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Enjoying the lush scenery and fair but humid weather, we rounded a tight mountainous curve on the way to Carib Territory. A small blue Toyota popped into sight coming from the opposite direction, fast. We lurched to the left as the Toyota sped past on our right!

After our stomachs returned to our bodies, we remembered that traffic drives on the left in the Republic of Dominica, thanks to British governance until the mid-1970s.

The driving scene fits Feisty Island. Columbus discovered Carib Indians there in 1493 and tried to colonize the island for Spain. No luck. The Spanish tried for almost 200 more years; finally, when the English gave it a try in the 1600s the island lost its independence to European domination. Now that’s feisty.

Driving through dense jungle on two-lane roads (on the left side of the road), up, down and around Dominica’s volcanic hills to visit numerous waterfalls is a ride straight out of Magic Mountain and worth the price of admission.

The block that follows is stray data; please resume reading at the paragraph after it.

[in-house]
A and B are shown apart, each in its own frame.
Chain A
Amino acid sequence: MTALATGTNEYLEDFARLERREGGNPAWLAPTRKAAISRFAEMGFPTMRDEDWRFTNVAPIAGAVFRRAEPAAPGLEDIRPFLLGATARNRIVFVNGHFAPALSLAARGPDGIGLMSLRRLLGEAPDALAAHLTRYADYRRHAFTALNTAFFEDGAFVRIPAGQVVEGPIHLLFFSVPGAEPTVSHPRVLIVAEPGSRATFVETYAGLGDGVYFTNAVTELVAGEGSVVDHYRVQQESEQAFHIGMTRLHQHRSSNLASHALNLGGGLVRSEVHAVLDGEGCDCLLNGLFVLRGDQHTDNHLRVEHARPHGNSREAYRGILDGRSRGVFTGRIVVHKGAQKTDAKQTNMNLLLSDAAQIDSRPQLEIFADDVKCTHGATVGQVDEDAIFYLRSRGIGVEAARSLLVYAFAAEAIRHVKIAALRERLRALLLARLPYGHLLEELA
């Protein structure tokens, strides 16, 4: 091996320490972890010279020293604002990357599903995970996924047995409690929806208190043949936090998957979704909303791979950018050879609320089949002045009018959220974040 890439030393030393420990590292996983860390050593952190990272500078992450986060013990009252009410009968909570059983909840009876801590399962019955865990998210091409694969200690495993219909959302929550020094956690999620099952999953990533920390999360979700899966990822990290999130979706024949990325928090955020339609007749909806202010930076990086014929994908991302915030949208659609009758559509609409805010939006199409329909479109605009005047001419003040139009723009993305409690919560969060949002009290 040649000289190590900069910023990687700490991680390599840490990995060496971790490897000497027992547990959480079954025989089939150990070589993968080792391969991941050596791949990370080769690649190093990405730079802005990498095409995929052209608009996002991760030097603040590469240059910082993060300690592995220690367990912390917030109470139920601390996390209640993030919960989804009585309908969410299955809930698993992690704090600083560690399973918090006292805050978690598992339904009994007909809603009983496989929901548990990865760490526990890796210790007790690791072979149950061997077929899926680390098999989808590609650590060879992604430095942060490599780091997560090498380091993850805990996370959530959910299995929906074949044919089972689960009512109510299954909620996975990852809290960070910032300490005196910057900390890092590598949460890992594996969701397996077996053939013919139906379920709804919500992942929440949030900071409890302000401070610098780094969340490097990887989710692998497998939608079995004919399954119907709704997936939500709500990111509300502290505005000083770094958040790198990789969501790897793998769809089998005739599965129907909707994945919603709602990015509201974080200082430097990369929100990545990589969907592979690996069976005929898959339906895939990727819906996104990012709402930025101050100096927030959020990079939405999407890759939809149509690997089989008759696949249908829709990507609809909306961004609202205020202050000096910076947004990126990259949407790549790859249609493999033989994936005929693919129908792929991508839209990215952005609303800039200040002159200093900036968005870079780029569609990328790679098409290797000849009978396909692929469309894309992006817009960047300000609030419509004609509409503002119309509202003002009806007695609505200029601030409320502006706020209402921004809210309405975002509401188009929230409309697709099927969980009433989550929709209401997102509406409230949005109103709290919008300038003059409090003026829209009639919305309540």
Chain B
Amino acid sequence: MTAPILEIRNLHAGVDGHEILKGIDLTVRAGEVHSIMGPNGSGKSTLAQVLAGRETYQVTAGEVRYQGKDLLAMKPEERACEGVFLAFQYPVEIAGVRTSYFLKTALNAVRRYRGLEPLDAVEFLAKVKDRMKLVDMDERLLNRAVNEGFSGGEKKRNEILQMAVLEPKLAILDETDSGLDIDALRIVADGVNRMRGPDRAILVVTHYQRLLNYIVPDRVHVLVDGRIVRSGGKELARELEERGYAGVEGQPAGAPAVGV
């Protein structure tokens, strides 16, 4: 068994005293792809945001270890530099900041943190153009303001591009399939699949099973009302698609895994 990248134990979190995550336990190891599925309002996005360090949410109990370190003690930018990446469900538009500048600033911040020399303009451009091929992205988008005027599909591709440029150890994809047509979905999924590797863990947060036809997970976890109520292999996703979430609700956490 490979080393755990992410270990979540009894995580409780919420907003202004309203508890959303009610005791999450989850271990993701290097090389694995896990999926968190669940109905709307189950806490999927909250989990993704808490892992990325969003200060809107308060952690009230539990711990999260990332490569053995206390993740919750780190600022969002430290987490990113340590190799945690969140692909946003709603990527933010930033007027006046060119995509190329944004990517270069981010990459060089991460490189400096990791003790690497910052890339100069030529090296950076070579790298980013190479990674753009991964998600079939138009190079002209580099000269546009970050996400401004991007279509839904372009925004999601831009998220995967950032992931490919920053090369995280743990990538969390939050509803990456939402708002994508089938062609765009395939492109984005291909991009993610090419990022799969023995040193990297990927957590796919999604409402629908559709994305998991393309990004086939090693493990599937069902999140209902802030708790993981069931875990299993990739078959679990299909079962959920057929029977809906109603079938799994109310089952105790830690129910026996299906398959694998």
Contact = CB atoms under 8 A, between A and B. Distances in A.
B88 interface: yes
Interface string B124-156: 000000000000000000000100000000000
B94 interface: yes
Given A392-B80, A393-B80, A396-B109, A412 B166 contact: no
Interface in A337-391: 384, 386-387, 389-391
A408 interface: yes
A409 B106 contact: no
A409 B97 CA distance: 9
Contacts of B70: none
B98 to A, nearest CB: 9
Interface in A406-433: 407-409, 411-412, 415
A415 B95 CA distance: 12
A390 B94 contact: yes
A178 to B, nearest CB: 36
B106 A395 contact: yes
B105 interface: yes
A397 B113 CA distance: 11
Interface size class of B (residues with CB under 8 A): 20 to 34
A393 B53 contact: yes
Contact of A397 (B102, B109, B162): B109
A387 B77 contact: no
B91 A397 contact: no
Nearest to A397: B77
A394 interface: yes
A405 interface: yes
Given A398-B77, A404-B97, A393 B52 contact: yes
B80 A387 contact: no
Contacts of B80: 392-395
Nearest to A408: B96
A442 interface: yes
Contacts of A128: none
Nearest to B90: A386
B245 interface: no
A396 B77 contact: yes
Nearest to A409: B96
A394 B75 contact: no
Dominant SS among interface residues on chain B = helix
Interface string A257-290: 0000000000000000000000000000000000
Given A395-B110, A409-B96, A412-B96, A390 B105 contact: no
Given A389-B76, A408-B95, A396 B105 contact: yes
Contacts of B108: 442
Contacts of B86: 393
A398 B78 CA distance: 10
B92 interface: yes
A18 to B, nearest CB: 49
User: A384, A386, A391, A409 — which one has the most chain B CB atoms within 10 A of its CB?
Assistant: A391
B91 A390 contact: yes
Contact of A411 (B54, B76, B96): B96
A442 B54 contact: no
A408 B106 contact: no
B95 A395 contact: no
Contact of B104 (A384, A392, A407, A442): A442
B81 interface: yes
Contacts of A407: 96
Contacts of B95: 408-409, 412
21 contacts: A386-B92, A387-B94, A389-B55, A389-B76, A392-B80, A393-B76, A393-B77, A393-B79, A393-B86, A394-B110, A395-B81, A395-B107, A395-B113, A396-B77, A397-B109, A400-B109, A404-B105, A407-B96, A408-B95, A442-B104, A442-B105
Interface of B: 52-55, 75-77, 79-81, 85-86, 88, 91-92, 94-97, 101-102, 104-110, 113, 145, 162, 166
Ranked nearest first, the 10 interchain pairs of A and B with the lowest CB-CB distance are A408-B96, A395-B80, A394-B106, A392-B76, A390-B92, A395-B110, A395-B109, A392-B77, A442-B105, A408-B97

They say there are 365 rivers and waterfalls on the island, one for each day of the year, each more beautiful than the next.

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Rob_Douglas Oct. 15, 2009 @ 1:39 a.m.

When you refer to the "Republic of Dominica" you will confuse your readers who may not realise this is the "Commonwelth of Dominica" and NOT the "Dominican Republic" - a much bigger hispanic country 100 miles to the north of the smaller island in the eastern Carribean that you are actually referring to. Common mistake but one which is fatal to our tourism. Thanks Rob Douglas


Michael Mullenniex Oct. 16, 2009 @ 9:10 a.m.

You're correct - I made an error when calling Dominica a republic.

It seems to me that there are many larger reasons why tourism lags in Dominica besides confusion with the name - lack of infrastructure, little capital investment by hotels/resort companies, brain drain due to lack of jobs just to name a few.

It's a beautiful country and being so small makes it hard to get the necessary resources to develop without outside help. But I think the lack of development and untouched beauty attracts more and more tourists each year. As other islands meld together into similar visions of a developed paradise, the Commonwealth of Dominica offers a great contrast.


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